The 4 Aspects of a Healthy and Effective Exercise After 40 -

The 4 Aspects of a Healthy and Effective Exercise After 40

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1 – Quit overeating to build mass

After some time, your body is no longer as efficient at burning calories. Your metabolism drops and it gets harder to build muscle. What is getting easier, however, is putting on fat. The mistake that many people make is paying more attention to the number on the scale rather than to body composition.

Your joints have been through a lot more wear and tear compared to a younger individual. They’ll appreciate having to support less weight. There will definitely be times when you wish you didn’t have so much weight to put pressure on your joints. Your body will become stiffer and if you enjoy activities like running, hiking, cycling, boating, and other such things that require carrying around your own body weight, you’ll appreciate having less to handle. Stop overeating to build mass. Keep your diet simple and nutritious. Get in your proteins and eat lots of vegetables – you need the fiber and the vitamins!

 

2 – Include more stretching and mobility work

You may have performed perfectly well without any stretching when you were younger, but those days are gone. It’s important for you to spend time recovering from exercise and making sure your muscles, ligaments, and joints are flexible. Since your body stiffens up with age, you need to keep working on your range of motion to ensure you can move around easily later on with age. Take touching your toes, for instance. It may seem a bit much, but being able to touch your toes is actually the normal range of motion you should be able to reach.

You don’t want to limit the activities you can enjoy because you don’t have a full range of motion. Make sure you include passive and dynamic stretching to reset your nervous system and keep you mobile. This will also help your body to relax and prepare you for another training session!

 

3 – Incorporate cardio into your workout routine

Cardiovascular disease becomes more of a concern as you grow older. It’s important that you take care of your heart health to enjoy more years. It’s important to note that if your eating habits aren’t right and you’ve been indulging in way too much of what isn’t good for you, heavy strength training could actually do more harm than good. Blood pressure rises as you control your breathing during heavy lifts. If your heart isn’t ready to deal with the pressure, it may quit on you. Avoid landing yourself in the hospital by making cardio a part of your workout routine. This will not only strengthen your heart but will help to relax your body and your nervous system, making you feel less stressed.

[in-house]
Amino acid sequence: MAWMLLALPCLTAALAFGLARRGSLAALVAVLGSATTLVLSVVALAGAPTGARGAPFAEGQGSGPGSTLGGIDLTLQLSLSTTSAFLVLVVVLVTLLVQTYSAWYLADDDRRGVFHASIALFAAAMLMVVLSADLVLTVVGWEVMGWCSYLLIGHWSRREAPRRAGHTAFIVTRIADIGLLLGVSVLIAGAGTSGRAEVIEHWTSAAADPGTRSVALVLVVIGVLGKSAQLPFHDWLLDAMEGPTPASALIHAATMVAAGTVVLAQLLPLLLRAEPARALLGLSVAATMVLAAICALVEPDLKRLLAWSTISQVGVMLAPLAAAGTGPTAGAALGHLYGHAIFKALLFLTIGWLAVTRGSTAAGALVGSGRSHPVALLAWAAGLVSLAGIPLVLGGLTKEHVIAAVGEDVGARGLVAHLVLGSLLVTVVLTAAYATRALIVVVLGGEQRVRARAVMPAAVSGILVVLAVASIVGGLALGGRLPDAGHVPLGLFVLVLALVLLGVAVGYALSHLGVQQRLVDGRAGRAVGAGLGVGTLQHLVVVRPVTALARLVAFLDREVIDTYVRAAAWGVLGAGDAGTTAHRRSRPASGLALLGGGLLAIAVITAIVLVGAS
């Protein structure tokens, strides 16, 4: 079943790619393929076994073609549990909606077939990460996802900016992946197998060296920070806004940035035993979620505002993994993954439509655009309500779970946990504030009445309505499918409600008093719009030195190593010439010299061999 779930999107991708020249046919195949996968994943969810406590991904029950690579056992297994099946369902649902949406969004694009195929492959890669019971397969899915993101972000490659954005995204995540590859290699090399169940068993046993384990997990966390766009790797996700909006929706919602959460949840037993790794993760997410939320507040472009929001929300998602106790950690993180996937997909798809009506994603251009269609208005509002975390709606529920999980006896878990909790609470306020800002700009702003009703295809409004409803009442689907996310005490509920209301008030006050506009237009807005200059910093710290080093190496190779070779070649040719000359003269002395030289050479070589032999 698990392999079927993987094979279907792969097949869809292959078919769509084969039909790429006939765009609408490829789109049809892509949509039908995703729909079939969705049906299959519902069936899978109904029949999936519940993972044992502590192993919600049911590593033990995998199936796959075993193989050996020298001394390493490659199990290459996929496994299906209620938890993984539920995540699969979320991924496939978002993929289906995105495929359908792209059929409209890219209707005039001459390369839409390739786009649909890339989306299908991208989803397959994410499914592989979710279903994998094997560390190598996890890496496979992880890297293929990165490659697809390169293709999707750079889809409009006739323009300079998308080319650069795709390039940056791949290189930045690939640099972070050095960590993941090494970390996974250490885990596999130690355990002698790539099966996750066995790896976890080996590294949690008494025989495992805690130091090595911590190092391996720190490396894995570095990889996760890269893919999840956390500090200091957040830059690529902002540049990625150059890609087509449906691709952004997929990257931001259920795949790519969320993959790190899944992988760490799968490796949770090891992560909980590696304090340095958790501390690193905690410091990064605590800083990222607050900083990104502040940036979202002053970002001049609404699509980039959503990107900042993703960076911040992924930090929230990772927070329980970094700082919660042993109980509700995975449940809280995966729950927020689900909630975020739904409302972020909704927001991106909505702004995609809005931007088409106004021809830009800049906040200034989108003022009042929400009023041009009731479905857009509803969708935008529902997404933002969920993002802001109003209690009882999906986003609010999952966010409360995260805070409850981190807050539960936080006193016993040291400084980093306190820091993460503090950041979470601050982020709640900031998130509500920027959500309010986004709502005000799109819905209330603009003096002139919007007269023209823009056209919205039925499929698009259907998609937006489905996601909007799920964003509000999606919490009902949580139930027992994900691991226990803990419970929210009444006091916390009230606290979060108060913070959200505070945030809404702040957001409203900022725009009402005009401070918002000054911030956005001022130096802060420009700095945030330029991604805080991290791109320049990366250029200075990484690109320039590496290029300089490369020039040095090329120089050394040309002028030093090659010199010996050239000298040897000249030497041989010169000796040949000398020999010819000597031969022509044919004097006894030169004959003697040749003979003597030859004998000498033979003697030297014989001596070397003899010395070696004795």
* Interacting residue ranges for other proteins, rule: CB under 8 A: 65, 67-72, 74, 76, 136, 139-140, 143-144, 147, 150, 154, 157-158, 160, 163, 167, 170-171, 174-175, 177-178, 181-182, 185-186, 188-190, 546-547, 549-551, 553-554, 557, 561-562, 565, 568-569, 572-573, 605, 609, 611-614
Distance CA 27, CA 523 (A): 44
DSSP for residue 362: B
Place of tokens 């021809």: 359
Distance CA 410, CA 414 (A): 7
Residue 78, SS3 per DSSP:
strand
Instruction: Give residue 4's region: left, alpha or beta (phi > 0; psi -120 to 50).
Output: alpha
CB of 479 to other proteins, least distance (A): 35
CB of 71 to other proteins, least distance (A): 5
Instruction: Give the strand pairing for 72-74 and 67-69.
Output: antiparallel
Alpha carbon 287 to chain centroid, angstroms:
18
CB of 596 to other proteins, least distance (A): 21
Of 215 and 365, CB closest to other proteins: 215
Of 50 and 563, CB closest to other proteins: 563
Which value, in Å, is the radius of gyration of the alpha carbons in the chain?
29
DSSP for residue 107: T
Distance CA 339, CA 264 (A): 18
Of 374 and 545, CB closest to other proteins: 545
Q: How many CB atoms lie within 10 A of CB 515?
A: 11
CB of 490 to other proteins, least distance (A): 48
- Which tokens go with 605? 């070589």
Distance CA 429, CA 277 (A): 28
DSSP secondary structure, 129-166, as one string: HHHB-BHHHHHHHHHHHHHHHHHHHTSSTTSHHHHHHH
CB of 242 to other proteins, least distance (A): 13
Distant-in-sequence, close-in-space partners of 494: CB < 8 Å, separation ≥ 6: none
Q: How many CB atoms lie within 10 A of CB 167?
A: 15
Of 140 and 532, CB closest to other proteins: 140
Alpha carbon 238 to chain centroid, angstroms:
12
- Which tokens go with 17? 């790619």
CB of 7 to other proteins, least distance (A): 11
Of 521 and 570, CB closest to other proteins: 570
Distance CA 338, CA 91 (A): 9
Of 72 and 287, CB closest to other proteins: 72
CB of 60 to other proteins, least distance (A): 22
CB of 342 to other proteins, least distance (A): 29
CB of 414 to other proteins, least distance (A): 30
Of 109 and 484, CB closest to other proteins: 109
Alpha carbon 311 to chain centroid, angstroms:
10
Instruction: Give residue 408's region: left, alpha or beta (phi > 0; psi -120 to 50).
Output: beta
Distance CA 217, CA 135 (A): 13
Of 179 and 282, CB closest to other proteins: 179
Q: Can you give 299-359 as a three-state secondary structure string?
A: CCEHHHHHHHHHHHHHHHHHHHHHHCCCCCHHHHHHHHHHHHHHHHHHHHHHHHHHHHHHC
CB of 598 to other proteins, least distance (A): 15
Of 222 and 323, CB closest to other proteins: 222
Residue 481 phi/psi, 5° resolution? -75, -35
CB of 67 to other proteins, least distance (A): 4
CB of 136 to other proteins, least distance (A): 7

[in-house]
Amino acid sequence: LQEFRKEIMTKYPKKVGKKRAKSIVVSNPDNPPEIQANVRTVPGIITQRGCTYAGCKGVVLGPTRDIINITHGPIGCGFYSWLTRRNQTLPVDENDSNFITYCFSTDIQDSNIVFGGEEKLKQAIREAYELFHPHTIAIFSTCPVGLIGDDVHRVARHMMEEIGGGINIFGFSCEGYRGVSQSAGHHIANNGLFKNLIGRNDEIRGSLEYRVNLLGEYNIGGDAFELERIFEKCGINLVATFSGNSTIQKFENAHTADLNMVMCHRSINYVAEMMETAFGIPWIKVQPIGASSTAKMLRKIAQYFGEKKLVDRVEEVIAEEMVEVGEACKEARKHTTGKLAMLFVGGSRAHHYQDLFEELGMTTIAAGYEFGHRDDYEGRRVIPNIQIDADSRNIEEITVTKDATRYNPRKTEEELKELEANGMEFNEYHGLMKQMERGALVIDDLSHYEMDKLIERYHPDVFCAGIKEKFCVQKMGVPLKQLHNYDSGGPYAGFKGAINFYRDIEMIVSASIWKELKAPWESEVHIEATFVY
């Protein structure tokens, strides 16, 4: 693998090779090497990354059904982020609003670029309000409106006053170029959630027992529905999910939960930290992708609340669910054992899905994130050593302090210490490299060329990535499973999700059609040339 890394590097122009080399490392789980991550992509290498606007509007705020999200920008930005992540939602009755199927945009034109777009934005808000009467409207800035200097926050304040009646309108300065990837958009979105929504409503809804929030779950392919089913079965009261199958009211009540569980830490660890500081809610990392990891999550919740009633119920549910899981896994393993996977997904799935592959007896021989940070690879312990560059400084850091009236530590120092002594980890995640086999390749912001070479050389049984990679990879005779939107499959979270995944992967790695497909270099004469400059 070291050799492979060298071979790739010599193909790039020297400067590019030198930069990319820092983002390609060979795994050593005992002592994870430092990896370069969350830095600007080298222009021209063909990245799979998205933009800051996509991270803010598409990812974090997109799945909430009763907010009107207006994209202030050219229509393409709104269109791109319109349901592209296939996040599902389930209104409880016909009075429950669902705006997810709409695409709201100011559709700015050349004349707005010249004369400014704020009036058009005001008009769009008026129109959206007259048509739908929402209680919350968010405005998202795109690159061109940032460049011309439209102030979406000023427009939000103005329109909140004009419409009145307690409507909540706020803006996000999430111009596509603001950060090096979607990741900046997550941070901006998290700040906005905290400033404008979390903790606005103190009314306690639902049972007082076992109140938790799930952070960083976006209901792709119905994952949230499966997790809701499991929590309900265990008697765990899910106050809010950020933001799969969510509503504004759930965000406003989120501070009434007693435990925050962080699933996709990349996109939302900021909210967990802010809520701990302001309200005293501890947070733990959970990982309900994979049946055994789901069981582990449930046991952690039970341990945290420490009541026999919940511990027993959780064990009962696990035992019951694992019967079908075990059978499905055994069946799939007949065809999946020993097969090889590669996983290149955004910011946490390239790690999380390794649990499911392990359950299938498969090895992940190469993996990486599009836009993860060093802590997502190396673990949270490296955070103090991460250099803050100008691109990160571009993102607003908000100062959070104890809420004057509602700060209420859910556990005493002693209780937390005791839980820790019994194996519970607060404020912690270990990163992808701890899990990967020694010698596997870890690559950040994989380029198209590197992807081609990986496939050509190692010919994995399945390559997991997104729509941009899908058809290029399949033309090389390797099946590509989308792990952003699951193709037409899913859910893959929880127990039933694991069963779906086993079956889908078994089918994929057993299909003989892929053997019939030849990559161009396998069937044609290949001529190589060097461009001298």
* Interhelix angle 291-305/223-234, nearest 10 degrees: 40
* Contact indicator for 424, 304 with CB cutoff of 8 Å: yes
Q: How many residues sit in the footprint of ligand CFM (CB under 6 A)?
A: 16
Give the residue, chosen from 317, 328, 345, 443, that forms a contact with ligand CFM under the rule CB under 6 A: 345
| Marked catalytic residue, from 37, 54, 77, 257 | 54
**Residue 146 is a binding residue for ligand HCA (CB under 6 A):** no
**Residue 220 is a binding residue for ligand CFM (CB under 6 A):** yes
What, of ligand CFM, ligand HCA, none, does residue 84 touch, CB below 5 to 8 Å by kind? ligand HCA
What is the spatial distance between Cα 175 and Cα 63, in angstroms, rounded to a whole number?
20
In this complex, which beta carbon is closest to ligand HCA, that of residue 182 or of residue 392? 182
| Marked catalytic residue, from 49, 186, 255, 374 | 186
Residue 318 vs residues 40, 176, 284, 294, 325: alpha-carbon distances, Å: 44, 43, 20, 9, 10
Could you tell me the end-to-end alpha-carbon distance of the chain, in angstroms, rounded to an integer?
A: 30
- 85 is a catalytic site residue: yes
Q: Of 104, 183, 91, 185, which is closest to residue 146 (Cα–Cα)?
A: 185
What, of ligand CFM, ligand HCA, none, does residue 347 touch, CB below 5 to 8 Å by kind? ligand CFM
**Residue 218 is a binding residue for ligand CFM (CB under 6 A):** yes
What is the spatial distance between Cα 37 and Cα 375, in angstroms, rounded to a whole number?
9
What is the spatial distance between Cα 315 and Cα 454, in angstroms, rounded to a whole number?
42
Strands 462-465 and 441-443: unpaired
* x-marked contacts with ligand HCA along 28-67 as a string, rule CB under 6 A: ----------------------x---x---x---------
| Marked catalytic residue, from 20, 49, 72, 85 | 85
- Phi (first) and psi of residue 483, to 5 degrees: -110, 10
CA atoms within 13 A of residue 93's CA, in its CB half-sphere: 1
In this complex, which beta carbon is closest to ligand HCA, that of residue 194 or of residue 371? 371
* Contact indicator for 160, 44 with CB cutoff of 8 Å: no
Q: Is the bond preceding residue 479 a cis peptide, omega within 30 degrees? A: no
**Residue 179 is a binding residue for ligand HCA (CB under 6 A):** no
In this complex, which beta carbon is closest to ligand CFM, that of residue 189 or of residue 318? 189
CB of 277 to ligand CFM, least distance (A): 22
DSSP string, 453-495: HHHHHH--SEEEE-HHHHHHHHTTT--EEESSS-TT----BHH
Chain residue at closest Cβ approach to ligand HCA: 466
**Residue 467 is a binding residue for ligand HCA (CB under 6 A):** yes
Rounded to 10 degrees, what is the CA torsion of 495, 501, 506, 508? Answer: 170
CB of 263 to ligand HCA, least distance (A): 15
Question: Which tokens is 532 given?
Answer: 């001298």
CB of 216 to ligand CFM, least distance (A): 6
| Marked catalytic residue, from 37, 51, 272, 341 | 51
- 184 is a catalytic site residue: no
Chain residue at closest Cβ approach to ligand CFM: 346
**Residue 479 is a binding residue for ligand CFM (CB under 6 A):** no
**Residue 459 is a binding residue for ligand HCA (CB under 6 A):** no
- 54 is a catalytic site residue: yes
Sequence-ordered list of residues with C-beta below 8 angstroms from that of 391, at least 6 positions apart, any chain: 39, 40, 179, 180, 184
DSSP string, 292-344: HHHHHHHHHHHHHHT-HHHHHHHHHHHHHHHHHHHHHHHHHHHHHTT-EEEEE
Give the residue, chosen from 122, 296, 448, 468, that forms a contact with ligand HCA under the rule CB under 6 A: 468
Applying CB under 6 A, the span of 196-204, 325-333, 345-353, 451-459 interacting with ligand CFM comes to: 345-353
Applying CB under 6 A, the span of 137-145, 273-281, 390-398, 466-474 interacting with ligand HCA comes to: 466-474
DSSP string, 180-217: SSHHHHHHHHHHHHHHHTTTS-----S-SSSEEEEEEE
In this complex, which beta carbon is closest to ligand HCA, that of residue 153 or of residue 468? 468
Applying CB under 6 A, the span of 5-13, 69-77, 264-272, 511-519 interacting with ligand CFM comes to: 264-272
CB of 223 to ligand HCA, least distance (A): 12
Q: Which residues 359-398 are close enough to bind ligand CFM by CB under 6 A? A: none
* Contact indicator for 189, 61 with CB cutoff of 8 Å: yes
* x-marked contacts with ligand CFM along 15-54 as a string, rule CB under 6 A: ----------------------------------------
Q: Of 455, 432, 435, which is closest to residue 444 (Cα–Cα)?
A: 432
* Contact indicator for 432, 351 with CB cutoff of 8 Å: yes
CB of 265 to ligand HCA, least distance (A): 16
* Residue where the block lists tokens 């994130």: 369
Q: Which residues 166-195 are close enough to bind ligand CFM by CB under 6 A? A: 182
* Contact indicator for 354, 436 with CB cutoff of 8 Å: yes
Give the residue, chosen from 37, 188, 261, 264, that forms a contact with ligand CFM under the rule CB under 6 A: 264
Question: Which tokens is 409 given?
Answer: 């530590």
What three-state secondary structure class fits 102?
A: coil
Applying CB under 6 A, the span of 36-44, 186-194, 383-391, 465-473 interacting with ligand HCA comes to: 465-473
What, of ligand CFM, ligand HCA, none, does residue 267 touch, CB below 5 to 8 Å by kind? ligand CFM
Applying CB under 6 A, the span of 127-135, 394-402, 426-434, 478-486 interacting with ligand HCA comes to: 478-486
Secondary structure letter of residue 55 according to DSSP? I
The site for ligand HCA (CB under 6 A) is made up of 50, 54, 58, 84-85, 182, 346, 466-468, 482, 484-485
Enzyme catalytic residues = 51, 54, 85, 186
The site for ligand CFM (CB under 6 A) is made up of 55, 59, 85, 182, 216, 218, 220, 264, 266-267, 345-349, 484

4 – Minimize compressive movements

Your spine has been keeping you upright for decades. It isn’t going to appreciate heavy, compressive loads frequently being placed upon it. You don’t necessarily have to cut deadlifts out of your workout routine (unless your back deems it necessary), but it’s good to minimize it. Try training deadlifts every other week. You could even swap them with other hinge movements such as kettlebell swings which will put less pressure on your spine.

The same is true for squats. Squats are an excellent compound movement and are highly recommended for the general lifter. As you age, however, you may find the ache in your quads after leg day lasts longer than before. Your joints and knees may be protesting more than usual as well. While muscles are able to recover after being damaged, joints don’t heal as well. After they’ve taken a beating, they’ll never truly be the same. You’ll have to accept that at some point, you won’t be able to train the same way you used to. Take it easy when you need to and try to swap heavy movements for ones that are lighter on your joints. Your body will thank you when you are able to avoid injury. If you feel the need to take a day off, do so and don’t feel bad about it. One off day is better than months off because of injury.

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